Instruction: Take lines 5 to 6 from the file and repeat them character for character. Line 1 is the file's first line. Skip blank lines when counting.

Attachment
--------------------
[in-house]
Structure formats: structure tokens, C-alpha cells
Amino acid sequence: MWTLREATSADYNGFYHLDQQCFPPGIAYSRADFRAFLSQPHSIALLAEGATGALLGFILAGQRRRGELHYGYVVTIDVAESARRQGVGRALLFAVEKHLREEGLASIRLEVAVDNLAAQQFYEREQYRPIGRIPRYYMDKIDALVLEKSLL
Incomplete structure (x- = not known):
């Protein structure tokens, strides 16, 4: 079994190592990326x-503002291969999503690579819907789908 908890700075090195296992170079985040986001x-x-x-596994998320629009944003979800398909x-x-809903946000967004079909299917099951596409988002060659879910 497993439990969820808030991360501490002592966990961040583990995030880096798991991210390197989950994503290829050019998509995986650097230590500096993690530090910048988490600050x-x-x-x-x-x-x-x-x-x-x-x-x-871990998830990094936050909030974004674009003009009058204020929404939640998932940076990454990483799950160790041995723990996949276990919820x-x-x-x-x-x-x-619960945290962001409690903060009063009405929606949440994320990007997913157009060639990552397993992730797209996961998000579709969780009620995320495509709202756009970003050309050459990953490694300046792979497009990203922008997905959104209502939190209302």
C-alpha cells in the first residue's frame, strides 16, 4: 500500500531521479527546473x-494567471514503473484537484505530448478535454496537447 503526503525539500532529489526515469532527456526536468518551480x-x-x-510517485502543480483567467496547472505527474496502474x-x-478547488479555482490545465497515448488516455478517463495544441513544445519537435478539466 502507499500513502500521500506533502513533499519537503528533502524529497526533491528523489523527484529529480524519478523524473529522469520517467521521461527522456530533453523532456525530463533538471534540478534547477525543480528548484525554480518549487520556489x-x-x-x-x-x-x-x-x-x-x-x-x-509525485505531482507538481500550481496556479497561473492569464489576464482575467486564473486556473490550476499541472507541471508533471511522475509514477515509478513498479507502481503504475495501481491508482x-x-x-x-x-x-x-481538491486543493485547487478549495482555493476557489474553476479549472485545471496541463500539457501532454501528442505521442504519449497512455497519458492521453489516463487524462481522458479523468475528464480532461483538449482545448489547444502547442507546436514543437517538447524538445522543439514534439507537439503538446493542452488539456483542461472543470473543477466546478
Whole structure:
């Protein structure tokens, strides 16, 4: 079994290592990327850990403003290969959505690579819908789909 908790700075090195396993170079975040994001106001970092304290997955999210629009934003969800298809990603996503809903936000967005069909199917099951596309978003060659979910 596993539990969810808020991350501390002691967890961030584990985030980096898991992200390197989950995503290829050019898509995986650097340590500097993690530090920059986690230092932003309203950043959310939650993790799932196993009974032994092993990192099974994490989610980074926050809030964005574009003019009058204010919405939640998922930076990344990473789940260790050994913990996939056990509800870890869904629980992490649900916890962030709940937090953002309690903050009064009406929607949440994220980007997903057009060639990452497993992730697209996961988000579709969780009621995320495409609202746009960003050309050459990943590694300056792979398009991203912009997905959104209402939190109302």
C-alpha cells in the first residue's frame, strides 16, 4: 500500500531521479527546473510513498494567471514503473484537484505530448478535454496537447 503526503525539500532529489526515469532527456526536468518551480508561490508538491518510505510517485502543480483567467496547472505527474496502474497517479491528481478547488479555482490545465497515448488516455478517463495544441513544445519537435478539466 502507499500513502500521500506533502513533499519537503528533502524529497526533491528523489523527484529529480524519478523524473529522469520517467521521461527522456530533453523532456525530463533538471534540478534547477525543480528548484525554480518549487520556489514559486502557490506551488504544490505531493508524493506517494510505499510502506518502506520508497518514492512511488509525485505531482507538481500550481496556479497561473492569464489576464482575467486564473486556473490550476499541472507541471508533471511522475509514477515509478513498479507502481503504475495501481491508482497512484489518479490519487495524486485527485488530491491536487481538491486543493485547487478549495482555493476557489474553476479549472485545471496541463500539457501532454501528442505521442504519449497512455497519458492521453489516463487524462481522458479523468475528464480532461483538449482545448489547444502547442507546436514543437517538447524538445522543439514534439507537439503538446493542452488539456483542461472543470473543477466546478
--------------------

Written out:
């Protein structure tokens, strides 16, 4: 079994190592990326x-503002291969999503690579819907789908 908890700075090195296992170079985040986001x-x-x-596994998320629009944003979800398909x-x-809903946000967004079909299917099951596409988002060659879910 497993439990969820808030991360501490002592966990961040583990995030880096798991991210390197989950994503290829050019998509995986650097230590500096993690530090910048988490600050x-x-x-x-x-x-x-x-x-x-x-x-x-871990998830990094936050909030974004674009003009009058204020929404939640998932940076990454990483799950160790041995723990996949276990919820x-x-x-x-x-x-x-619960945290962001409690903060009063009405929606949440994320990007997913157009060639990552397993992730797209996961998000579709969780009620995320495509709202756009970003050309050459990953490694300046792979497009990203922008997905959104209502939190209302």
C-alpha cells in the first residue's frame, strides 16, 4: 500500500531521479527546473x-494567471514503473484537484505530448478535454496537447 503526503525539500532529489526515469532527456526536468518551480x-x-x-510517485502543480483567467496547472505527474496502474x-x-478547488479555482490545465497515448488516455478517463495544441513544445519537435478539466 502507499500513502500521500506533502513533499519537503528533502524529497526533491528523489523527484529529480524519478523524473529522469520517467521521461527522456530533453523532456525530463533538471534540478534547477525543480528548484525554480518549487520556489x-x-x-x-x-x-x-x-x-x-x-x-x-509525485505531482507538481500550481496556479497561473492569464489576464482575467486564473486556473490550476499541472507541471508533471511522475509514477515509478513498479507502481503504475495501481491508482x-x-x-x-x-x-x-481538491486543493485547487478549495482555493476557489474553476479549472485545471496541463500539457501532454501528442505521442504519449497512455497519458492521453489516463487524462481522458479523468475528464480532461483538449482545448489547444502547442507546436514543437517538447524538445522543439514534439507537439503538446493542452488539456483542461472543470473543477466546478